In the study, 15 previous trials on cord clamping were analysed from 11 countries. About half of babies had immediate cord clamping, while the rest had their cords clamped between two and three minutes after birth.

Although the researchers looked for health risks associated with the practice, the only one they found was an increased risk of polycythemia - an overproduction of red blood cells - but this appeared to pose no danger to a baby's health.

The researchers said: 'Late clamping of the umbilical cord is an inexpensive way of enhancing blood status, preventing anaemia over the first three months of life and enriching iron stores for as long as six months.

'Although this is of particular importance for developing countries in which anaemia during infancy and childbirth is highly prevalent, it is likely to have an important impact on all newborns.'

But Patrick O'Brien, a consultant obstetrician at University College Hospital, London, said any benefits of delayed clamping were likely to be slim.

He said: 'Delayed clamping of the umbilical cord isn't widely used in our practice. Until now, the advantages and disadvantages of delayed clamping have been evenly balanced although it is definitely beneficial if the baby is at risk of being anaemic. However, in general, any benefits are probably fairly marginal.'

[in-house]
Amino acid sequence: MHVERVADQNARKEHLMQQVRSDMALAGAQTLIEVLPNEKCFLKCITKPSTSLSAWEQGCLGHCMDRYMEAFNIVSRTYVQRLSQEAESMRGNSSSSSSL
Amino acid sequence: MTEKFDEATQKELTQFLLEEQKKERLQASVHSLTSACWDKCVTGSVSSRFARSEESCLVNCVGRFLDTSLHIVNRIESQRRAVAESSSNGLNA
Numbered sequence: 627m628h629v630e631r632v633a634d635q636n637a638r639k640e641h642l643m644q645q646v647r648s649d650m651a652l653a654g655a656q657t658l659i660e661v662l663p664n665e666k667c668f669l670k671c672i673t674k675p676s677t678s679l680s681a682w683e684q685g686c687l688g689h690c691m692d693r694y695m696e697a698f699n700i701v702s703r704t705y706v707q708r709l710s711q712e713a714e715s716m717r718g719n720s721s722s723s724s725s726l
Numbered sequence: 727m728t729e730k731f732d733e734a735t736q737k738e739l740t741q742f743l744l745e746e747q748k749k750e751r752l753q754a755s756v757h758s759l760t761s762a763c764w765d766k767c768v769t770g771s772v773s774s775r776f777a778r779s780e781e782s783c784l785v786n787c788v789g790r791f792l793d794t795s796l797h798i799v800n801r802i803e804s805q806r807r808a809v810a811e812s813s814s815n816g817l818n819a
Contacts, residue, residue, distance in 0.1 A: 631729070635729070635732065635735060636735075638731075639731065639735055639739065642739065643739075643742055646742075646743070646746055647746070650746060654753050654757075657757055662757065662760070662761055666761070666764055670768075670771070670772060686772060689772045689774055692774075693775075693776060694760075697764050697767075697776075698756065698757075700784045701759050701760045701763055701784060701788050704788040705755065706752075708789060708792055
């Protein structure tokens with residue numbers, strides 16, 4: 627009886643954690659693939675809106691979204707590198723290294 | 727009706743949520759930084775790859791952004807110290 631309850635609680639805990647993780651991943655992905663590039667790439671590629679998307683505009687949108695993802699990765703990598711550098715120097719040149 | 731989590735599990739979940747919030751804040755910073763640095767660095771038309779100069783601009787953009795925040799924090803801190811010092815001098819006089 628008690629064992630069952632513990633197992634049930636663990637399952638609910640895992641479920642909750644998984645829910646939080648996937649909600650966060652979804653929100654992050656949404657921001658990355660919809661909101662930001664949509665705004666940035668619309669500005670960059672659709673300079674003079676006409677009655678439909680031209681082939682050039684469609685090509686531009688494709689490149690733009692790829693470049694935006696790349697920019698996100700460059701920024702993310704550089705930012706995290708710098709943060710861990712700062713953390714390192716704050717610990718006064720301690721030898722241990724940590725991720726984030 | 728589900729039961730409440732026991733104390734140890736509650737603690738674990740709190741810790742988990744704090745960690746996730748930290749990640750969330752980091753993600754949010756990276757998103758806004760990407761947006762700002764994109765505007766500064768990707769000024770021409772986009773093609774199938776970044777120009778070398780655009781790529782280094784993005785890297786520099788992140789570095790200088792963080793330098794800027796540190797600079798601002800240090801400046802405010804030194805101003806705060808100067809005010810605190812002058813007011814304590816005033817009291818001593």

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kski

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Reg: Mar 26th 2006

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Wednesday, July 25th 2007, 10:46pm

we asaked about this and were net with blank faces at the hospital -

the local midwife was very pro delay


unfortunately with twins - expediency seems to rule - and you may not get a choice !


but it would seem to make sense to let it pulse - like other animals - do !


good luck all expectant mums

k
DAD to twins

Bells

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Wednesday, July 25th 2007, 11:23pm

You won't get a choice if you've had syntometrine to quicken the delivery of the placenta as the drug has time to get through the umbilical cord. With a physiological third stage and after a normal birth, as long as everything is well with Mother and babe, there's no reason to clamp the cord straightaway. Every drop of blood is precious to a newborn and those extra mls can make a really big difference.